In September 2016 Winter Wildlands Alliance and Snowlands Network filed an official objection to the Lassen’s draft winter travel plan, asking that the Forest Service do more to address the concerns outlined above.  Several other organizations filed objections as well.  In response, the Forest Service went back to the drawing board and developed a new Alternative and re-worked their Environmental Impact Statement.

Which brings us back to this newly-released Revised Draft Environmental Impact Statement (RDEIS) and the current comment period.

We Support the New Alternative 5

The new draft plan contains a much more thorough environmental analysis than the 2016 version, and also includes an encouraging new alternative — Alternative 5 — developed in response to objections.

The 4 alternatives that had been in the 2016 DEIS are still included, with a few modifications to bring them (mostly) in compliance with existing laws and policy. All of the alternatives now identify specific areas where OSVs are allowed and prohibit OSV use outside of these areas. This corrected approach is a big improvement. However, the Forest Service’s “Modified Proposed Action” (Alternative 2) is otherwise almost exactly the same as what was proposed in 2015 — it does not protect important quiet recreation areas or wildlife habitat and would designate as open for OSV use low elevation areas that rarely receive snow. Likewise, Alternatives 3 and 4 are also essentially the same as in 2015.

Alternative 5: Areas and Trails to be Designated under Subpart C and Groomed for OSV Use (Click for larger version)

Alternative 5, however, addresses all of the concerns that we had with the previous draft plan, and lays out a winter travel plan that balances motorized winter recreation with quiet recreation and protection of wildlife and the environment. Alternative 5 designates OSV use areas in places where people actually go snowmobiling (preserving all of the opportunities the snowmobile community values) and doesn’t designate places that don’t make any sense (like low elevation areas that don’t get snow).

Alternative 5 also does a much better job of protecting wildlife habitat – not designating any critical deer winter range as open for OSVs – and doesn’t designate OSV use within any of the quiet recreation areas that we identified. In addition, Alternative 5 protects the quiet, non-motorized character of the Pacific Crest Trail by prohibiting OSV use within at least 500 feet on either side of the trail, except at a few designated crossing points. Finally, alternative 5 would designate a 12-inch minimum snow depth standard across the forest – meaning that OSV use would not be allowed on any trails or in any areas until those trails/areas have a minimum of 12 inches of snow. This snow depth standard protects underlying resources including soils, vegetation, and subnivian habitat, and also complies with State of California OSV grooming standards.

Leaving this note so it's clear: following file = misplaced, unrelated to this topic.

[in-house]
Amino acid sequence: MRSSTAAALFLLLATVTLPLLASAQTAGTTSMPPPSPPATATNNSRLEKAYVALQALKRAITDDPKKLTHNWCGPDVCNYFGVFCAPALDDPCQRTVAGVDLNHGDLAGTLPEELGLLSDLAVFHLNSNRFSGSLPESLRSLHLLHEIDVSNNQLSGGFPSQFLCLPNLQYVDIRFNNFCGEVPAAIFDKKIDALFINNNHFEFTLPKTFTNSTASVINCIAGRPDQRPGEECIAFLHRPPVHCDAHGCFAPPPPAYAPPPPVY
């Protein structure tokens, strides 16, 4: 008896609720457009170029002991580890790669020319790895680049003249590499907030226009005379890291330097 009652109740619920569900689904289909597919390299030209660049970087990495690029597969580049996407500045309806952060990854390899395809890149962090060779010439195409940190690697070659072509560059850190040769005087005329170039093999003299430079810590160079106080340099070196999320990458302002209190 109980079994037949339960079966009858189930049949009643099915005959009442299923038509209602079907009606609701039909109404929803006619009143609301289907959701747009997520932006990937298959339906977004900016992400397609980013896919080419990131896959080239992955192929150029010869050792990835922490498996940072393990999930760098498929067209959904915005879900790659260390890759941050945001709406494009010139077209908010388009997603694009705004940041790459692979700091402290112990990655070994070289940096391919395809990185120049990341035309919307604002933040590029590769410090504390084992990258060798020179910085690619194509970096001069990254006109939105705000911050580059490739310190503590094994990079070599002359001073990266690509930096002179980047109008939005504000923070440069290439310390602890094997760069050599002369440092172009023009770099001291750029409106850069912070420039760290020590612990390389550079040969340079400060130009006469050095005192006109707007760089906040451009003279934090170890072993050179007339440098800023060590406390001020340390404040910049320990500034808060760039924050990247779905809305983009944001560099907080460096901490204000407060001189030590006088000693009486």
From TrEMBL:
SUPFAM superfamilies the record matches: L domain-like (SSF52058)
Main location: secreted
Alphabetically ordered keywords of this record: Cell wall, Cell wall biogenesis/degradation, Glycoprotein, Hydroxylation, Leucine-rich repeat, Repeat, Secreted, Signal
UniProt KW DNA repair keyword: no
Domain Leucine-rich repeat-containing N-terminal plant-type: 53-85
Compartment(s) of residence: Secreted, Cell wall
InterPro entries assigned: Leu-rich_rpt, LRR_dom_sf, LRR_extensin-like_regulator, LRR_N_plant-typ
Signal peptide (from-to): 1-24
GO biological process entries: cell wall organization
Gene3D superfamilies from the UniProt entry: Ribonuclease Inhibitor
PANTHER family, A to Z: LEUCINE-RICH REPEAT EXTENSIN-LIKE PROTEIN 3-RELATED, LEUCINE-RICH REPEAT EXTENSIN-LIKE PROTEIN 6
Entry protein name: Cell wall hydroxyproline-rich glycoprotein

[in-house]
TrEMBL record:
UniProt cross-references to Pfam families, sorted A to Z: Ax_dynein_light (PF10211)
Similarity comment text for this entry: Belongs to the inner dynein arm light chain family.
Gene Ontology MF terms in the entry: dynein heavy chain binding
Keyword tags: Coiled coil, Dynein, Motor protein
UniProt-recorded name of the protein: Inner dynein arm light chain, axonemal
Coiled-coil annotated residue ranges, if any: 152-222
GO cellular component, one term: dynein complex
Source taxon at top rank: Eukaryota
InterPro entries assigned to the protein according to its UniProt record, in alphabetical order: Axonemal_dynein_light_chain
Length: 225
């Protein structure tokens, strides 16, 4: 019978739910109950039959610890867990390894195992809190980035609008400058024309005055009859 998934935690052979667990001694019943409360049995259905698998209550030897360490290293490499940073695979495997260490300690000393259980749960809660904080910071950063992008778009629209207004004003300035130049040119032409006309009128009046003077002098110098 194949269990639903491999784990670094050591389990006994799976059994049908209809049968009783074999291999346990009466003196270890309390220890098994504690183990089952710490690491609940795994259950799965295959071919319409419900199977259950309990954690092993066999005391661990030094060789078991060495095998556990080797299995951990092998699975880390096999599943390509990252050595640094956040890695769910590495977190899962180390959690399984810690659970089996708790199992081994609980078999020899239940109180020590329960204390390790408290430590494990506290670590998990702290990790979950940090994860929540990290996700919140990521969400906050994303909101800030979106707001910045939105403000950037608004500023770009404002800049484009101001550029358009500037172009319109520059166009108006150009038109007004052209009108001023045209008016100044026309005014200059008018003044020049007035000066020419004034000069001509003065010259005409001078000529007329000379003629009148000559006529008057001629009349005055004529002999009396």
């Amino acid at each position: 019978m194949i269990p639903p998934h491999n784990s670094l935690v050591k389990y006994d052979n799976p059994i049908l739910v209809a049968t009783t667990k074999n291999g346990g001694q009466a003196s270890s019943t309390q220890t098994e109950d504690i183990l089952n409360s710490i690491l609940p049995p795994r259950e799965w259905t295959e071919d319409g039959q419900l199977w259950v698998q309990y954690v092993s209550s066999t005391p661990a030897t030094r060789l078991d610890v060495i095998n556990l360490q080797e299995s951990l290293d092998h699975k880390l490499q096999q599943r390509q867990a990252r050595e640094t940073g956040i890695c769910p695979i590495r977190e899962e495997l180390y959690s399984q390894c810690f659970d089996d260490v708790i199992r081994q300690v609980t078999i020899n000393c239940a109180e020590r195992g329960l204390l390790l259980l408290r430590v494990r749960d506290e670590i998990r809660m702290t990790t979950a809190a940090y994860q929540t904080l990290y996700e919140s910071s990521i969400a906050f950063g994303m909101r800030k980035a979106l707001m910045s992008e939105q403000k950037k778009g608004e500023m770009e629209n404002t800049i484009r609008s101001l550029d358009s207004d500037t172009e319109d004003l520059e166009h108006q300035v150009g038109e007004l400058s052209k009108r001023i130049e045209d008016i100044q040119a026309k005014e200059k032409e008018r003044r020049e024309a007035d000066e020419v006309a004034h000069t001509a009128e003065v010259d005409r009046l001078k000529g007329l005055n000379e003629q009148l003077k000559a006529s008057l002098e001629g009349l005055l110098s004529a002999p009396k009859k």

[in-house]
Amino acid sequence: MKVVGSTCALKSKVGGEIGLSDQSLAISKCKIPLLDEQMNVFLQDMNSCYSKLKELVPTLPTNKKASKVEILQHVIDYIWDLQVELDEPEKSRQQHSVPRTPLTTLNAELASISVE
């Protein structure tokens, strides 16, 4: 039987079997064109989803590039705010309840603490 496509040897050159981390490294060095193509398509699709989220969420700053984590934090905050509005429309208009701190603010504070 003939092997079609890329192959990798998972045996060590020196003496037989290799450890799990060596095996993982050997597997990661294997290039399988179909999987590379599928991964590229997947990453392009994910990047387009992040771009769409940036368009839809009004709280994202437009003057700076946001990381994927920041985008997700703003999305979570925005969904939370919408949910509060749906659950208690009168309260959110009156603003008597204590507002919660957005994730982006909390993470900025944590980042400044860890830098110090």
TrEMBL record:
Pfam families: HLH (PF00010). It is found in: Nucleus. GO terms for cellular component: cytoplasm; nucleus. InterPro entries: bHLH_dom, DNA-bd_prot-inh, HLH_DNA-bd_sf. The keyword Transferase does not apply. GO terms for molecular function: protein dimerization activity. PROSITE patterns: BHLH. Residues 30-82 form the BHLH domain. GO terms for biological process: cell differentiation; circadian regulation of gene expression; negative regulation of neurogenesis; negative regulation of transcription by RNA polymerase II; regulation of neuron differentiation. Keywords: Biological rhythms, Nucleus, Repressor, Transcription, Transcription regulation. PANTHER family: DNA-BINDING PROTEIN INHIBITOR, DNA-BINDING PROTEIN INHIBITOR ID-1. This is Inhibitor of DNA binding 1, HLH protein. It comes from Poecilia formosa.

Your Comments Really Matter!

The Forest Service has assured us that they do not have a preferred alternative at this time. All options, including everything in Alternative 5, are on the table. For this reason, it’s incredibly important that people participate in this public comment period. Whether you’re a local who can speak to particular areas on the forest, or somebody who’s never set foot in northeastern California but cares deeply about winter travel management on National Forest lands, this comment period matters. Alternative 5 sets a really good course for the Forest Service as it embarks on winter travel planning, and provides a good example for other forests to follow. We appreciate the effort that the agency has put into developing this alternative and we’d love to see the final plan closely resemble it.

We urge you to comment in support of Alternative 5 before the comment period closes on November 20, and we’ve developed a nifty online commenting portal to help you do so.

CLICK HERE TO COMMENT NOW.